Obama did not only pervert the issue of the right to self-defense by falsely pretending it was a moral truism that he clearly and demonstrably does not extend to Palestinians, he also misrepresents the applicability of self-defense to Israel in the first place.
As Noura Erakat explained in her July 2014 article “No, Israel Does Not Have the Right to Self-Defense in International Law Against Occupied Palestinian Territory,” Israel is “distorting/reinterpreting international law to justify its use of militarized force in order to protect its colonial authority.” Obama willingly enables Israel’s lawless actions by accepting their rewriting of international law to justify their aggression.
What Obama is really saying when he talks about self-defense is that as the leader of one rogue nation, he supports the right of his rogue client state to violate the rule of law and make fraudulent claims that are neither morally nor legally justified.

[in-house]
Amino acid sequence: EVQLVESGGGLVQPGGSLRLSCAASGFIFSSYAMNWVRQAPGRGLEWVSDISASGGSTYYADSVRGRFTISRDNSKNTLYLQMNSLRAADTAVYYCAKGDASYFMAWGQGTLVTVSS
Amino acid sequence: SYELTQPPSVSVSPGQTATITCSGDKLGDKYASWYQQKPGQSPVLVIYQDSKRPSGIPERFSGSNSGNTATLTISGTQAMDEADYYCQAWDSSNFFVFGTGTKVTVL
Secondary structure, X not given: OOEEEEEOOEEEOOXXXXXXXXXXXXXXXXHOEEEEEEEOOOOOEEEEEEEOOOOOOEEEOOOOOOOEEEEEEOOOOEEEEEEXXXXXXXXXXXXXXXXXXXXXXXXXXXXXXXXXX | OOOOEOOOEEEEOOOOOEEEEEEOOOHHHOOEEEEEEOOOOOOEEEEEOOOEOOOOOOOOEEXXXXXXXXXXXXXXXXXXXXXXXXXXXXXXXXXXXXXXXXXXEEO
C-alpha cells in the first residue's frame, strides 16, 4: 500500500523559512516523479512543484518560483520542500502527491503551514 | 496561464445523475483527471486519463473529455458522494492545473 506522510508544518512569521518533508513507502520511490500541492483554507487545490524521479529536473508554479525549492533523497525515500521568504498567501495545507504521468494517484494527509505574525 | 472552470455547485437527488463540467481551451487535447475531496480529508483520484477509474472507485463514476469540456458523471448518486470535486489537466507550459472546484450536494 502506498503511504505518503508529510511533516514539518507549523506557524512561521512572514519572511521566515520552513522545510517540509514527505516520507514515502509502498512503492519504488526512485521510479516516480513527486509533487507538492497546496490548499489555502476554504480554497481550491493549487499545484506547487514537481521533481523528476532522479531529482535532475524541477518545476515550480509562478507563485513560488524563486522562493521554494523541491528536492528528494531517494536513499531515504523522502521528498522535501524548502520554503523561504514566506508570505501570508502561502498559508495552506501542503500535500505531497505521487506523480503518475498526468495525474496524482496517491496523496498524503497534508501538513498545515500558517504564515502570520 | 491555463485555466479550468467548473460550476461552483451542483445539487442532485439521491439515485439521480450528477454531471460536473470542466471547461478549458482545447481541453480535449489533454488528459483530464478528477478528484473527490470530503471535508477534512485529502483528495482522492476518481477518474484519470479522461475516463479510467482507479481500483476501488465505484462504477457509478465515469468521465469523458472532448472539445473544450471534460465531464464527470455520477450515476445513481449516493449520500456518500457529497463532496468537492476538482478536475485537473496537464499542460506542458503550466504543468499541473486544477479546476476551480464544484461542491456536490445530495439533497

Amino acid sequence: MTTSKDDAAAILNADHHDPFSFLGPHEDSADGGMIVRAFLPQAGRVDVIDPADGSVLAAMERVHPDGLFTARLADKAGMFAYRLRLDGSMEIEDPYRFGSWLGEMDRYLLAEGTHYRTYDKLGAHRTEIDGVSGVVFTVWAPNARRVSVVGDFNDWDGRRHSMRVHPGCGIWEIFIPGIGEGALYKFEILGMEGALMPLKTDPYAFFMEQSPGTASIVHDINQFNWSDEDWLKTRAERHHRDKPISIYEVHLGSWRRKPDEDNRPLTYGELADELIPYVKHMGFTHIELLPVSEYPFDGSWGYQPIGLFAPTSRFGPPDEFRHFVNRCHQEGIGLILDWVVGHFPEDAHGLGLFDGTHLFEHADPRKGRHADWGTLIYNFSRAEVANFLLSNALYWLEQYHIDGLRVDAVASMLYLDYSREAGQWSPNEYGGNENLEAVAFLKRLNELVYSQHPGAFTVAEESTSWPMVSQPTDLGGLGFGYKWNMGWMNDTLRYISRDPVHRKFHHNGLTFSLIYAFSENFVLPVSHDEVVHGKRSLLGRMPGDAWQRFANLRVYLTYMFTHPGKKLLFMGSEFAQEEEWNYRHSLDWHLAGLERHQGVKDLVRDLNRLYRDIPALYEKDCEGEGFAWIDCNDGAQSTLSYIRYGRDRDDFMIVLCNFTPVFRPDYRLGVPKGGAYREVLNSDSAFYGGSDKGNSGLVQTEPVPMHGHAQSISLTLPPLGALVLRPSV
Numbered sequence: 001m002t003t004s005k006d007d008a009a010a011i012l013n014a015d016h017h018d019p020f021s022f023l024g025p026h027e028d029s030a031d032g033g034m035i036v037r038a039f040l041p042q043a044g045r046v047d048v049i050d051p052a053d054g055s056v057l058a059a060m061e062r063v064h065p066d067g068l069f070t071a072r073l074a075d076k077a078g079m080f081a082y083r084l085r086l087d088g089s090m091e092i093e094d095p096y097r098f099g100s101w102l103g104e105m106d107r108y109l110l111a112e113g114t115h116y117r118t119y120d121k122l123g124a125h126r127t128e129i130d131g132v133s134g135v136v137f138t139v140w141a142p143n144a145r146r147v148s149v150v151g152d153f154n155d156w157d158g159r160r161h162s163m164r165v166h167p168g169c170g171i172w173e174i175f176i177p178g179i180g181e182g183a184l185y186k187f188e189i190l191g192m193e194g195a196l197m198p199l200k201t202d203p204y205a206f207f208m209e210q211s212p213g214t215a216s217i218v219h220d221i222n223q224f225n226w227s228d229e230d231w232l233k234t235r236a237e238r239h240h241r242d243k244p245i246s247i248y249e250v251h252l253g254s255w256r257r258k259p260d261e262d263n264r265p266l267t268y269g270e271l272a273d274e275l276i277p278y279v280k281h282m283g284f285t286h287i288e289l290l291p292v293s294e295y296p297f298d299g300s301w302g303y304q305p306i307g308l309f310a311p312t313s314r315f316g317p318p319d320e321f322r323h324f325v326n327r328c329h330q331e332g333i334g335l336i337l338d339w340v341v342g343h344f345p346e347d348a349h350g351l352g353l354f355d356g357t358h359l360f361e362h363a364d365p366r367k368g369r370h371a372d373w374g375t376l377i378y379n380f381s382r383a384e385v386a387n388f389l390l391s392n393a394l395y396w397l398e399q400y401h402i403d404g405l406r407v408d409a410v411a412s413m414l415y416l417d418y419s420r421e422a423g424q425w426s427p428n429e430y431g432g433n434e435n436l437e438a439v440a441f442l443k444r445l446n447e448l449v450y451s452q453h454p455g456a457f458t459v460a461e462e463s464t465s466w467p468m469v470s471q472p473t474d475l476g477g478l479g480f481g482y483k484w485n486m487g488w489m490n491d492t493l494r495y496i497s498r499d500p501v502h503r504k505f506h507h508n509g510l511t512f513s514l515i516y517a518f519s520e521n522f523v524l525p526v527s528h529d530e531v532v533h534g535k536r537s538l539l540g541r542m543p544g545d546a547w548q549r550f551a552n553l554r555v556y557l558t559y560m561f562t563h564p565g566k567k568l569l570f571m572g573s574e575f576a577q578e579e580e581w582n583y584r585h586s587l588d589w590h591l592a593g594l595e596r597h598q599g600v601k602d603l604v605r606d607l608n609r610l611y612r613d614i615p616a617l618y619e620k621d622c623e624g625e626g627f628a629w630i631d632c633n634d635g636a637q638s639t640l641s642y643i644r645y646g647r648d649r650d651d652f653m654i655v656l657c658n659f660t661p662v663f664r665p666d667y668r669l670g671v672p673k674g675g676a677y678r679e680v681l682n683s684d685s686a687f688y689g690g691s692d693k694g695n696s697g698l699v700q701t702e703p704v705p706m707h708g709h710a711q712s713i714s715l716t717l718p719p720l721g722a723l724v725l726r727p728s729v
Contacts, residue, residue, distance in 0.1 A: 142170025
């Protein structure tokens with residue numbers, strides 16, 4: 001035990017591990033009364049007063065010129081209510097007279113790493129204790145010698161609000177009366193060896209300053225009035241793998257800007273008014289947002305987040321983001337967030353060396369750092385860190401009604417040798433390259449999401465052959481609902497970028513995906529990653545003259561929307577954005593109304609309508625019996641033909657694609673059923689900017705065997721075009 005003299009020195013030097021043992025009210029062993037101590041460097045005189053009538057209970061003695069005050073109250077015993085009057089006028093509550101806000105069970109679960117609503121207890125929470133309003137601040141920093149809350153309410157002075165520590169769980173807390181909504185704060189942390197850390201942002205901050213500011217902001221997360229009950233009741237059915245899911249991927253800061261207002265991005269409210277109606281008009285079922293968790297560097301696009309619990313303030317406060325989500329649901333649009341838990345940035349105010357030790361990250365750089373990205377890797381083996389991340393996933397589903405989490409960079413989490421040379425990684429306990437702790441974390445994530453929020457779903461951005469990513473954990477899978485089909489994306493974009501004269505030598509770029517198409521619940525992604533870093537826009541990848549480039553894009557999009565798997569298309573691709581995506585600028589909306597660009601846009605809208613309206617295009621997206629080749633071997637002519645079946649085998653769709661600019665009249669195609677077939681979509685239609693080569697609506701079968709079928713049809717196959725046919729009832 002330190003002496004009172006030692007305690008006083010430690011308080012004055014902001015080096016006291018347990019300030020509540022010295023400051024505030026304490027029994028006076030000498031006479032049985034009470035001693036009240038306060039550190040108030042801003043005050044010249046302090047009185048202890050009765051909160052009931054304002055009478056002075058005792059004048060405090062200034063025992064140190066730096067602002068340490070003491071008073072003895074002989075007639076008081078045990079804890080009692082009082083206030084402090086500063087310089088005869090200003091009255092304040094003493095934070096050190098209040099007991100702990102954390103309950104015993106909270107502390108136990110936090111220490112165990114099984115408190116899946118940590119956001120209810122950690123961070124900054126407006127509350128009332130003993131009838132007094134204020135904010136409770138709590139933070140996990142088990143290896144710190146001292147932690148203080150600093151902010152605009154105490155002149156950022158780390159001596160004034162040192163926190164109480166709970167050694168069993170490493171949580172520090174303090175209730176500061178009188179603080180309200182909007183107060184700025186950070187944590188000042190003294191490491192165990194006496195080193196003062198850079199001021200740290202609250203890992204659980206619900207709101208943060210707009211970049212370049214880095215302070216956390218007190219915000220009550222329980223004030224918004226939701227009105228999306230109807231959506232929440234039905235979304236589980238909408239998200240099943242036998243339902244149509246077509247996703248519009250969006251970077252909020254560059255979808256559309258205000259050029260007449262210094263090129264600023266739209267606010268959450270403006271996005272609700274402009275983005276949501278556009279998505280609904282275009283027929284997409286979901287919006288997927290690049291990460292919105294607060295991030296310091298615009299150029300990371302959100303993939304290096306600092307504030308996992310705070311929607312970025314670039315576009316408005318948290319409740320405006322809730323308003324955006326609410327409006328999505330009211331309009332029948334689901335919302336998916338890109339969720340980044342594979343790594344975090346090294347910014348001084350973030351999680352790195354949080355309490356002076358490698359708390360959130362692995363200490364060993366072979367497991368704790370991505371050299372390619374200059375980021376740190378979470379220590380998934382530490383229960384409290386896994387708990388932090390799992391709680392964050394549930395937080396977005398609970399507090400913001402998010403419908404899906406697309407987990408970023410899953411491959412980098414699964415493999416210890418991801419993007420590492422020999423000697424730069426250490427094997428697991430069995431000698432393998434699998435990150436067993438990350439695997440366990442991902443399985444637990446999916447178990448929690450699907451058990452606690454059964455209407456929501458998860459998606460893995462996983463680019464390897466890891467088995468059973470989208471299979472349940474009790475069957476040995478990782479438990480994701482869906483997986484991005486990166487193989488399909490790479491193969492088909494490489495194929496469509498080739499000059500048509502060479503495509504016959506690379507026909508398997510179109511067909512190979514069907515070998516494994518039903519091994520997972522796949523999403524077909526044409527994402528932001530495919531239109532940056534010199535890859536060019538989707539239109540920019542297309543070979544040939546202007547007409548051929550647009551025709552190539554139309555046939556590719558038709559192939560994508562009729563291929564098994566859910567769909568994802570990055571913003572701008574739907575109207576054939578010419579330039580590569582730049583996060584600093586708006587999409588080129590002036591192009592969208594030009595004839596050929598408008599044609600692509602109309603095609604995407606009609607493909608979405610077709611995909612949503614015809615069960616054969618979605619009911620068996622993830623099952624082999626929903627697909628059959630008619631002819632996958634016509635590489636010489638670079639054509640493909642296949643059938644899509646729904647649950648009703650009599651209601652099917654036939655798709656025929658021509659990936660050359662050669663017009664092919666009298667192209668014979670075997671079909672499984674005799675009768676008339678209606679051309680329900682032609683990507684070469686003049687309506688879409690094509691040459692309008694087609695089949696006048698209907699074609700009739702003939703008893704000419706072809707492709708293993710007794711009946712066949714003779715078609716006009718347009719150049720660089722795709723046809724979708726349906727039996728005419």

As John Quigley explains in The Six-Day War and Israeli Self-Defense, failing to challenge Israel’s bogus claims of self-defense in the 1967 war – as the United States has done by providing a diplomatic shield, vetoing more than 40 U.N. Security Council resolutions condemning Israel – has had disastrous consequences for Israeli-Palestinian conflict and the system of international law in general.
“The flawed perception of the June 1967 war serves to perpetuate conflict in the Middle East. It also serves to promote the expansion of the concept of self-defense and thereby to erode the prohibition against the use of force,” Quigley writes.
The United States government under the Obama administration continues to carry this even further. Undoubtedly the situation will only get worse in the future. Last month in Haaretz, Gideon Levy wrote that there will inevitably be another war in Gaza.